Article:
In 2009–0, Bergeron scored 52 points while playing on a line with winger Mark Recchi. During the 2010 playoffs, he scored 4 goals and added 7 assists for points in 4 games. The following season, Bergeron scored his first career NHL hat trick in a Bruins victory over the Ottawa Senators on January , 20. Bergeron was named the NHL's first star of the month and was twice named first star of the week in January 20.

Bergeron has been in two post-season fights in his entire NHL career, on April 8, 2009, in game 2 of the Eastern Conference Quarter Finals. Josh Gorges reached out and hit Bergeron in the jaw, and Bergeron retaliated by pummeling Gorges with two huge left punches. This was a seen as a huge motivator for the series. The second came on June , 2013, in game of the Eastern Conference Finals. He and Evgeni Malkin began squaring off at center ice leading to Malkin knocking off Bergeron's helmet before they both threw off their gloves to fight. The two continued to throw blows even while referees attempted to separate them.

Bergeron was once again concussed after a hit from Claude Giroux on May 6, 2011, in game 4 of the second round in the 20 playoffs. It is believed to be a mild concussion that kept him out of the beginning of the 3rd round of the playoffs. On June , 20, with the Boston Bruins, Alex Burrows allegedly bit Bergeron's finger. No penalty was called and the league did not fine or suspend Burrows because the alleged bite was not supported by any evidence except video of Burrows biting Bergeron's glove while his hand was still inside it and bite marks on Bergeron's finger.

Bergeron became the 26th member of Triple Gold Club on June 5, 2011, with the Bruins when they won the Stanley Cup. He scored two goals in Game 7 of the series, including the game (and series) winner. On the Stanley Cup, Bergeron is listed by his birth name, Patrice Bergeron-Cleary. After the close of the 2012 NHL playoffs, even with the Bruins team eliminated in the first round by the Washington Capitals, Bergeron's constant defensive efforts on the ice earned him the Frank J. Selke Trophy as the NHL's top defensive forward for the entire 2011–12 NHL season.

patrice bergeron mollie odonnellAfter finishing 2nd in Selke Trophy voting for the shortened 2013 season, Bergeron turned in a heroic playoff performance which included the tying and game winning goals against the Toronto Maple Leafs in Game 7 of Round , and the OT winner in Game 3 of the Eastern Conference Finals against the Pittsburgh Penguins. Bergeron also became renowned in the hockey world for displaying his toughness when, in the Stanley Cup finals, he played through a punctured lung, separated shoulder and a broken nose.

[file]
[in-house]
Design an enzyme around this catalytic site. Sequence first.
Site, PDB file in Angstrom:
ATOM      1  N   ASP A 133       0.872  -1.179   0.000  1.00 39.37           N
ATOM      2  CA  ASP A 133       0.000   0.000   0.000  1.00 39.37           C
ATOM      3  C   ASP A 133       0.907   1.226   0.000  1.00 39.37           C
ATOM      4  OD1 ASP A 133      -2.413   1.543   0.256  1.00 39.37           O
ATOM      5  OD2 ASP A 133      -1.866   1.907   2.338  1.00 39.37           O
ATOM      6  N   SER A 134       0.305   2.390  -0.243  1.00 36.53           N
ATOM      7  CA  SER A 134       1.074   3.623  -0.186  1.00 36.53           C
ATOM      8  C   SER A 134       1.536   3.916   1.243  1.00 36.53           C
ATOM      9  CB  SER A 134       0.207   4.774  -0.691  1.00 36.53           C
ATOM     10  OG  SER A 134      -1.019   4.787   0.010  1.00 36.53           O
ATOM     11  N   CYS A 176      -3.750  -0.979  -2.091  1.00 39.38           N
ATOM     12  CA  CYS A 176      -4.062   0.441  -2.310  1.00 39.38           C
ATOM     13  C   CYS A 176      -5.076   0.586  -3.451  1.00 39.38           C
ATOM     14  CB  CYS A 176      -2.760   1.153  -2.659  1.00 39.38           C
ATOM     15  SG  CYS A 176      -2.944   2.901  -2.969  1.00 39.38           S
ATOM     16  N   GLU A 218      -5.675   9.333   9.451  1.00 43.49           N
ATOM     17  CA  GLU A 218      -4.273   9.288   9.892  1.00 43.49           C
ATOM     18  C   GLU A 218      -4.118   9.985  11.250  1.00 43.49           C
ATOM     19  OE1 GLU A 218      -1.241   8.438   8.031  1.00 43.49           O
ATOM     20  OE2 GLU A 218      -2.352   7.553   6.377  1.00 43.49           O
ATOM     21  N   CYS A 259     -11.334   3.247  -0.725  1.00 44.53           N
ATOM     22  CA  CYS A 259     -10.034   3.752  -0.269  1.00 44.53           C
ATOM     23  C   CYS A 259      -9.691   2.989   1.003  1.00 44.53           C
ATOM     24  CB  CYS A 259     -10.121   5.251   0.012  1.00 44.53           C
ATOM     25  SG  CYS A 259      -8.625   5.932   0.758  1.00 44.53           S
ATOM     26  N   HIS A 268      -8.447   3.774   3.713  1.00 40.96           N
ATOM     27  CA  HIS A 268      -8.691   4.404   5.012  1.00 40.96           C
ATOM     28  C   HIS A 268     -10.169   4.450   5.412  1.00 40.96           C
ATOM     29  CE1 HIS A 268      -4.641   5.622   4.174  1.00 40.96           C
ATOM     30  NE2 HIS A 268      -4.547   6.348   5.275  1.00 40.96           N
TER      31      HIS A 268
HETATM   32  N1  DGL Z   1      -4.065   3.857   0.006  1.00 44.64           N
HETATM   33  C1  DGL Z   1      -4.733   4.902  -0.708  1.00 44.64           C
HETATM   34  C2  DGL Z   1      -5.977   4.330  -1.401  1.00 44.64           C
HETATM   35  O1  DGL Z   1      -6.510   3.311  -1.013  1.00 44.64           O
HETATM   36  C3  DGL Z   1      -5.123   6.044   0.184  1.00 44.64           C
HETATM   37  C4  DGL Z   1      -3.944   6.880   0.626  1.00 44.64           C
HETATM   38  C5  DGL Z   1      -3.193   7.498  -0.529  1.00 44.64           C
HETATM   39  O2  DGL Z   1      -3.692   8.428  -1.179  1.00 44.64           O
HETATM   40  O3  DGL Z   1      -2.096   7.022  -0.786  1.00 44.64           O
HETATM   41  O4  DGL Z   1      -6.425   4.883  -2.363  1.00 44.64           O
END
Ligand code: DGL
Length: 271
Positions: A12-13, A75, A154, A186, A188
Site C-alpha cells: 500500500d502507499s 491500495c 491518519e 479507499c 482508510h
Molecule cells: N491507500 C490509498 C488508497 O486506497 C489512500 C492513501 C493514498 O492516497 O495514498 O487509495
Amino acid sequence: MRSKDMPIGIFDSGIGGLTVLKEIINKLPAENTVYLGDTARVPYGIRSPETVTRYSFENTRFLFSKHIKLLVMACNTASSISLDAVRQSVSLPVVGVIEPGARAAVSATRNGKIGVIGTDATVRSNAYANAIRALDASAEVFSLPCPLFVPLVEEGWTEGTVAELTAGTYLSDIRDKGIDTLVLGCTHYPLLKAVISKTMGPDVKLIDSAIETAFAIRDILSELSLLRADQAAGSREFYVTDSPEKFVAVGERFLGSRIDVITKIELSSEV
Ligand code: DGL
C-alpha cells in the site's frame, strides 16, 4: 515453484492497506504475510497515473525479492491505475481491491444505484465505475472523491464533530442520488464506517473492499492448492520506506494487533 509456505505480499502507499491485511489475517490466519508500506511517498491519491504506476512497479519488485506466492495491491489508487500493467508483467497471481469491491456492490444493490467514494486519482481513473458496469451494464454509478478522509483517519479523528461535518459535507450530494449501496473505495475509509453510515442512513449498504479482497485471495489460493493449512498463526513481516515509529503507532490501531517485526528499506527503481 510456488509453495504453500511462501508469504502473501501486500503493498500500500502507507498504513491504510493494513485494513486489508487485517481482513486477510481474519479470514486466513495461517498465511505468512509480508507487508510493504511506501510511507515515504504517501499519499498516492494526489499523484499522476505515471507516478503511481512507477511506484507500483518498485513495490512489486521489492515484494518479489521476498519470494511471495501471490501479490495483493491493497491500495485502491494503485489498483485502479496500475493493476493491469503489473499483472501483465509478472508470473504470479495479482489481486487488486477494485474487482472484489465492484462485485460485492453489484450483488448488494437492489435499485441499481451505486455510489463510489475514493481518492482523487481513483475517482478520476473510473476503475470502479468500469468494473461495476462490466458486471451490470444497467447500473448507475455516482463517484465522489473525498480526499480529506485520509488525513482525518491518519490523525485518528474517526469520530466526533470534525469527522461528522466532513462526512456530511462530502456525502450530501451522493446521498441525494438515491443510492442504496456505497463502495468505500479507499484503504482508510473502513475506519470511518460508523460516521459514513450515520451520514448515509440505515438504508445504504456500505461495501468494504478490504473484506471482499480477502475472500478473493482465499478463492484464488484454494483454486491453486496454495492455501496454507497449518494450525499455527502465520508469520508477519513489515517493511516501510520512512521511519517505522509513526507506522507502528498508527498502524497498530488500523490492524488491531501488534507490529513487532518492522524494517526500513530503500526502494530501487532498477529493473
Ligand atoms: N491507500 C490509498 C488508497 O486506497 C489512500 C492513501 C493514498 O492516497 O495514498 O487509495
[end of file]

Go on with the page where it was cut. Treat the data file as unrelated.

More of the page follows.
The Bruins re-signed Bergeron to an eight-year contract extension worth $52,000,000 ($6,500,000 per year) on July 2, 2013. In the following 2013-14 season, Bergeron reached the 30-goal mark for the second time in his career, achieving a total of 30 goals and 32 assists, and was a major factor as the team earned the Presidents Trophy. For his performance in the regular season, Bergeron was awarded his second career Frank J. Selke Trophy, as well as the NHL Foundation Player Award. He was named as the cover athlete for the NHL 5 video game in the same ceremony.

On December 30, 2009, Bergeron was selected to play for Team Canada for the 2010 Winter Olympics in Vancouver. He was the only player selected who did not receive an invitation to the selection camp earlier in the summer. Many commentators predicted Bergeron would play on a line with Crosby due to his previous experience with him at the World Juniors and World Championships but he ended up as the 3th forward due to a groin injury obtained in Canada's first game. He played primarily on the penalty kill and in defensive-zone faceoffs.

During the 2012–13 NHL lockout, Bergeron played for HC Lugano and competed for Canada at the 2013 Spengler Cup, along with teammate at the time, Tyler Seguin. Canada took gold in the event, and Bergeron scored the first goal in the first minute of a 7–2 Canada rout over HC Davos, and added three assists.  Bergeron won his second gold medal with Team Canada at the 2014 Winter Olympics. Bergeron and Jonathan Toews joined Scott Niedermayer in being the only players to have two Olympic Gold Medals, a Stanley Cup, a World Junior Hockey Championship, and a World Championship.

 


PATRICE BERGERON WINS SELKE TROPHY
Boston Bruins forward Patrice Bergeron wins the 204 Frank J. Selke Trophy at the 204 NHL Awards in Las Vegas.